Is Drill really killing people?

Published on: Wed, 30/10/2019 - 09:30

Carrie Evans

Bing. You have one new WhatsApp message — “What you up to?” asks one of my friends, “Nothing. Watching Drill videos”, I reply.

Drill eh? Isn’t that the music that literally kills you? I’ve heard it literally comes out of the headphones and stabs you as you listen to it.”

The joke lands well. I find it funny mostly because it plays right in to all the preconceived notions I already have about this Drill debate. As far as I’m concerned, the war on Drill music is just another in a long line of moralistic, oversimplified, sensationalised, outrage campaigns designed to sell papers to an

Workers' Liberty summer camp 2019

Published on: Wed, 14/08/2019 - 11:36

Fifty friends and supporters of Workers’ Liberty gathered in the hills of West Yorkshire for our annual summer camp on 8-11 August.

Although storms were forecast, socialists of all ages enjoyed wild swimming in a nearby waterfall, hiking, trips on the canals and steam railways of the surrounding valleys, football, and our annual pub quiz and talent show.

Longtime socialist Bruce Robinson ran a presentation on African Jazz; we learned about the history of Esperanto in the European workers’ movement; and we enjoyed talks from Deliveroo strikers, Nama’a al-Mahdi the Sudanese revolutionary

Blues Power

Published on: Wed, 27/03/2019 - 09:12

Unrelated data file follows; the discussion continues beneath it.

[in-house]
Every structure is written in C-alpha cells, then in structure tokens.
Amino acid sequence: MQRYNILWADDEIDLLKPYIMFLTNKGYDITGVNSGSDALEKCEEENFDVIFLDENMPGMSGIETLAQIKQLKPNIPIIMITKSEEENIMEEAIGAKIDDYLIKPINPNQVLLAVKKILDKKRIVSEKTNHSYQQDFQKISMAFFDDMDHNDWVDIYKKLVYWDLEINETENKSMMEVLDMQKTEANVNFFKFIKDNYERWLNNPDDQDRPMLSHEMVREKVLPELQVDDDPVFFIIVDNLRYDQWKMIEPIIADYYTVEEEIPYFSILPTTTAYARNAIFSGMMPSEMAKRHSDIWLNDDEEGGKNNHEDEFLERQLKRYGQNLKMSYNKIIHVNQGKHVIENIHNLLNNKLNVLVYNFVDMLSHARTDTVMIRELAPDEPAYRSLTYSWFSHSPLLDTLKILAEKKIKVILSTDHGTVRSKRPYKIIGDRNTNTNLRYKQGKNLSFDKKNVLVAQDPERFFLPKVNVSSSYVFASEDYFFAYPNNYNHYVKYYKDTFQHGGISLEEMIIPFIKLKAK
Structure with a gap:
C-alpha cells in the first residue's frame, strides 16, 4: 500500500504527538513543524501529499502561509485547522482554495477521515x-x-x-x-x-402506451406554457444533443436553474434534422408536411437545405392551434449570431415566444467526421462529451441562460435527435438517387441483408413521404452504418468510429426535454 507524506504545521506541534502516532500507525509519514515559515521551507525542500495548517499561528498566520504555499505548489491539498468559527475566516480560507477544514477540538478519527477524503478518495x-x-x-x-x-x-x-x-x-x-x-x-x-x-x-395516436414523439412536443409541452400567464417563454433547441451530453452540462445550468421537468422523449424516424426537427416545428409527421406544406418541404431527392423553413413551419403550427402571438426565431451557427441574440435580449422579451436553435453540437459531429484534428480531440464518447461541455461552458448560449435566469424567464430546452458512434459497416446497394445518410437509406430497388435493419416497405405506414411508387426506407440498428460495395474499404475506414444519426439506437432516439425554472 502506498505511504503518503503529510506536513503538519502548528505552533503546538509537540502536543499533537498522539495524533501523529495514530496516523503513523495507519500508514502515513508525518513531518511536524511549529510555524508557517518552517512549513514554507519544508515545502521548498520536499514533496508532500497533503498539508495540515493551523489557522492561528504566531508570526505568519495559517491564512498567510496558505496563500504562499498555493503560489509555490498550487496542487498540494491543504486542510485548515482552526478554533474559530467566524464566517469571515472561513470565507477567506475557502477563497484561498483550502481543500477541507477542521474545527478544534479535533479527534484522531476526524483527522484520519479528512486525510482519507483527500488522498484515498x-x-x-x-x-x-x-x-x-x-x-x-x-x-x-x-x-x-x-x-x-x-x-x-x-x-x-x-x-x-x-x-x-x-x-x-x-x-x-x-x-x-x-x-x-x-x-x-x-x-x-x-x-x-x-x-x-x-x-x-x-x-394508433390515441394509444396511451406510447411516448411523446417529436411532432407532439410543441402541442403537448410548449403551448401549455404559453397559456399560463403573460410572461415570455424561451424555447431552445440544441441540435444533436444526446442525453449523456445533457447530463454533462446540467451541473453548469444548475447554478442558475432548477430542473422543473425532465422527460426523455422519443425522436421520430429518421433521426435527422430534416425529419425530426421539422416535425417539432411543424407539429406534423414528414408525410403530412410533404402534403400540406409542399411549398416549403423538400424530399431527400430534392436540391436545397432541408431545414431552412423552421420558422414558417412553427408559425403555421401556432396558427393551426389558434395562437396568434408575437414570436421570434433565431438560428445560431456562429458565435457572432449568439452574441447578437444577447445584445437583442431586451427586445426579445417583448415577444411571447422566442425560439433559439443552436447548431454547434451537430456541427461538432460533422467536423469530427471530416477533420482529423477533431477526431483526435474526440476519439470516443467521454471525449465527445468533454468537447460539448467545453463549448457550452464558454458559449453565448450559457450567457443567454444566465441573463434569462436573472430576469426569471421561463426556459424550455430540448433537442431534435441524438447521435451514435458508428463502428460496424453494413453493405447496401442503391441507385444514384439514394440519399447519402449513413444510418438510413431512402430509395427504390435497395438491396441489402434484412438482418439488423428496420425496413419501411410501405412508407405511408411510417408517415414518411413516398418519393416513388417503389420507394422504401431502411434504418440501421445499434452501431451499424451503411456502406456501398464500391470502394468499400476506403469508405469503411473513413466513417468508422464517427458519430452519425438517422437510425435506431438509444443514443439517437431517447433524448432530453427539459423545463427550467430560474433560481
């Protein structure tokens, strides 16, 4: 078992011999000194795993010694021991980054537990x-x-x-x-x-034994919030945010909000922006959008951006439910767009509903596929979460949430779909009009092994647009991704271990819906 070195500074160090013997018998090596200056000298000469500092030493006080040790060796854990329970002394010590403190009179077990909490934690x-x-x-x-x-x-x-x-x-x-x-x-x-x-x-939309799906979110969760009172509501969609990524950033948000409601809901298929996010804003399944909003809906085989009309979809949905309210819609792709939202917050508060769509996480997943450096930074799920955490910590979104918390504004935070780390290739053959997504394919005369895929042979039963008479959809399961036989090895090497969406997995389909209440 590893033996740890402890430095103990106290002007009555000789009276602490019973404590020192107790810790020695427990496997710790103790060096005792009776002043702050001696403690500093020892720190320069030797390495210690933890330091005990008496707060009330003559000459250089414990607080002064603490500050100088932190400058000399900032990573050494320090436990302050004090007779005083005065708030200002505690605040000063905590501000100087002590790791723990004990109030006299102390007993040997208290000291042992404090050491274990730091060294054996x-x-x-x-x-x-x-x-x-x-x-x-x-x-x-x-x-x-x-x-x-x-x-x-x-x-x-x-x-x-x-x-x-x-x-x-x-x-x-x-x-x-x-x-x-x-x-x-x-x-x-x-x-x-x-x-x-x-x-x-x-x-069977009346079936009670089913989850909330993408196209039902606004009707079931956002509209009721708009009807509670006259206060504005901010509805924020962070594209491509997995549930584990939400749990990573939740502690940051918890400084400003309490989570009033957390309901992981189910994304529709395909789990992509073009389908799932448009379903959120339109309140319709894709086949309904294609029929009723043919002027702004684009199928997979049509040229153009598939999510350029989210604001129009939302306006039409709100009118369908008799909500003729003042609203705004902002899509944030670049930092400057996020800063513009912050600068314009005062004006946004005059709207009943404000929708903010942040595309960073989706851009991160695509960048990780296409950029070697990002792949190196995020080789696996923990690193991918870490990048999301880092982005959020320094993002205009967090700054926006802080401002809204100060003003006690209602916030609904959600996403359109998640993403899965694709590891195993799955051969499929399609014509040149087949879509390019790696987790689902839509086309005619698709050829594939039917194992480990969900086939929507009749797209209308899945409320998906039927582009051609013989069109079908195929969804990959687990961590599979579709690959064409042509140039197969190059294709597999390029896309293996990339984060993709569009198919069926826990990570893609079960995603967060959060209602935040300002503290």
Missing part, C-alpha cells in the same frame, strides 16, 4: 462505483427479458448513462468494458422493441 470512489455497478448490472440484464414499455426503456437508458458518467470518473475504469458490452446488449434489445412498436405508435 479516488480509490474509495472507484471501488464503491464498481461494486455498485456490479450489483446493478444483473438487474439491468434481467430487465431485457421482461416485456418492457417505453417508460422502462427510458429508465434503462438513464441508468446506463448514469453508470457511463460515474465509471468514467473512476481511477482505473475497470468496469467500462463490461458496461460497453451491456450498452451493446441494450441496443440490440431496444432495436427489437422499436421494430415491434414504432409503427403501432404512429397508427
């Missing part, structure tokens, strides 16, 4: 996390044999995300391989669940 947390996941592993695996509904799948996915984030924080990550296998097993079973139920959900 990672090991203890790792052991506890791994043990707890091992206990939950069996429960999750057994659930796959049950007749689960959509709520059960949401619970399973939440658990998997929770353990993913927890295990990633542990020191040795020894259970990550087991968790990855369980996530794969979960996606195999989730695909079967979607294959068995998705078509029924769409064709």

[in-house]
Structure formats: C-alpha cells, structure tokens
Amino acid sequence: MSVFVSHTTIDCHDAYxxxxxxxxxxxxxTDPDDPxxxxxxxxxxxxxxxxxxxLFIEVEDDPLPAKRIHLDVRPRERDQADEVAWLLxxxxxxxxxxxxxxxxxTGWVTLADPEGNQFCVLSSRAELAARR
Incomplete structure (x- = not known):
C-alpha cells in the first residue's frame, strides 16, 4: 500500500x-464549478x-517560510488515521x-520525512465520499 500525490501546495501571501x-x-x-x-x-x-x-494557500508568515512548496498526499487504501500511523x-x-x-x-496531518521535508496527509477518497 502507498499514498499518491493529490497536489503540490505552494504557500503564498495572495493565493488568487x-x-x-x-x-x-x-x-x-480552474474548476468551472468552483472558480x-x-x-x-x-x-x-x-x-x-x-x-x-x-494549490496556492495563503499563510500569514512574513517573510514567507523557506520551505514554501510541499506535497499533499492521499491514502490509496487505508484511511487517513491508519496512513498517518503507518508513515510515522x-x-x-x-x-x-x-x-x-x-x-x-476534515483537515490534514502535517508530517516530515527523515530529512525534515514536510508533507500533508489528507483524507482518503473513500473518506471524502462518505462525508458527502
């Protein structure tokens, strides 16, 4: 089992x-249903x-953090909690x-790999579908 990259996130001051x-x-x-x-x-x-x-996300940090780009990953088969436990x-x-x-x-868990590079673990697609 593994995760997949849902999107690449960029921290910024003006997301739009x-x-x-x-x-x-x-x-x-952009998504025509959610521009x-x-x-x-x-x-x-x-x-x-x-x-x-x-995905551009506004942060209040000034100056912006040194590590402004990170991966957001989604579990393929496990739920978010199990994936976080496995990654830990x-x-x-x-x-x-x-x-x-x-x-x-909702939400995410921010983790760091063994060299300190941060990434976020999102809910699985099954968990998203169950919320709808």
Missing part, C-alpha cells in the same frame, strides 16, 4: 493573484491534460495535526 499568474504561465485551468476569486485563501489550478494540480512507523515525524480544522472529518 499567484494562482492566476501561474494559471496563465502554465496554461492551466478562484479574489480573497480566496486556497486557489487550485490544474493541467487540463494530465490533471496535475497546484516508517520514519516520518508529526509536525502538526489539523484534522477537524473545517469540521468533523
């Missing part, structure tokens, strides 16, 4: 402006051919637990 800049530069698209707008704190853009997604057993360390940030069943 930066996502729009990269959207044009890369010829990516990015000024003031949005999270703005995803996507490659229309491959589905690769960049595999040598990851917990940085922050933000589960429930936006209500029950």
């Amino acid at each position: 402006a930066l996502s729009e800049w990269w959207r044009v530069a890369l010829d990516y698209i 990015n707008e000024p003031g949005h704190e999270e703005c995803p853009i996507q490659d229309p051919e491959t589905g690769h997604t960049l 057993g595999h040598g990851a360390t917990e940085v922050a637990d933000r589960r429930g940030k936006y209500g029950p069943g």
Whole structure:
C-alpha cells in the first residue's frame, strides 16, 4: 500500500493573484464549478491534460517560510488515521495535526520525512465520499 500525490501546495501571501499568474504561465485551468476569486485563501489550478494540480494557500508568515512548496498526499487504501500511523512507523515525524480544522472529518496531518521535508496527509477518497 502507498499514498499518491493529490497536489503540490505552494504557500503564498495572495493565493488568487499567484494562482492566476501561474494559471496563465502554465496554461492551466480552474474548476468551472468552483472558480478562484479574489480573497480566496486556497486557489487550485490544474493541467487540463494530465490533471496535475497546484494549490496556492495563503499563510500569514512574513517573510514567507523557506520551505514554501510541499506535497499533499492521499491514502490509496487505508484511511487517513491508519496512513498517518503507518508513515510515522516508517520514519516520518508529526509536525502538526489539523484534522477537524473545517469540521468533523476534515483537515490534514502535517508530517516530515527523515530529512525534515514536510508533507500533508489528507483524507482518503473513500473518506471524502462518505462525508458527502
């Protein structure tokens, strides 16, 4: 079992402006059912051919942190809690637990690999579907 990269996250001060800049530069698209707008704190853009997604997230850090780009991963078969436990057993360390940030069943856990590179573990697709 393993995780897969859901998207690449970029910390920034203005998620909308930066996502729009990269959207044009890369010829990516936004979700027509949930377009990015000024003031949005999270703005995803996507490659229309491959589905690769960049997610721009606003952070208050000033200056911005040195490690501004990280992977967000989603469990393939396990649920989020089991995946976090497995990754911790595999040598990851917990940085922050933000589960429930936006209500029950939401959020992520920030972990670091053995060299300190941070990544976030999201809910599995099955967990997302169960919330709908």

Barrie Hardy

Right-wing politicians always have great difficulty trying to get support from anyone with artistic integrity. In the Thatcher era, when numerous talented musicians sang up for the Labour cause under the banner of Red Wedge, all the Tories could cobble together were talentless tosh like Vince Hill, Jim Davidson and Mrs Mopp. Similarly, the Trump Presidency from the world of showbiz have been decidedly threadbare. Apart from the odd aged crooner or obscure country artist, the chief White House favourite has been the despicable Ted Nugent – NRA nut and serial slayer of North American wildlife

Dirty Old Town

Published on: Wed, 12/12/2018 - 13:59

Sean Matgamna

A vast number of popular singers have by now recorded Ewan McColl’s song “Dirty Old Town.” Luke Kelly, Liam Clancy, Esther Offarim, The Pogues, Rod Stewart (in Las Vegas!), Paddy Reilly, Van Morrison, Roger Whittaker, Julie Felix, and many others.
It is sung by Manchester United supporters at football matches. (Salford is part of Manchester).

It is a good song, I think. It was made in 1949 for performance at London’s Unity Theatre, an ancillary organisation of the British Communist Party (CP).

I met my love,
By the gas works wall.
Dreamed a dream,
By the old canal…
I heard a siren,
From the

Hugh Masekela 1939-2018

Published on: Wed, 14/02/2018 - 12:34

Bruce Robinson

South African trumpeter Hugh Masekela died aged 79 on 23 January following a recurrence of prostate cancer. He was famous internationally for his playing and singing; for blending South African musical styles with jazz and pop; and as a prominent anti-apartheid activist. Born in Witbank, a mining town near Johannesburg, Masekela started his musical career in a school run by the British anti-apartheid priest Trevor Huddleston.

After seeing a biopic about jazz trumpeter Bix Beiderbecke, he agreed to stop getting into trouble at school in exchange for learning the trumpet. He then became part of

A soundtrack for the movement against Trump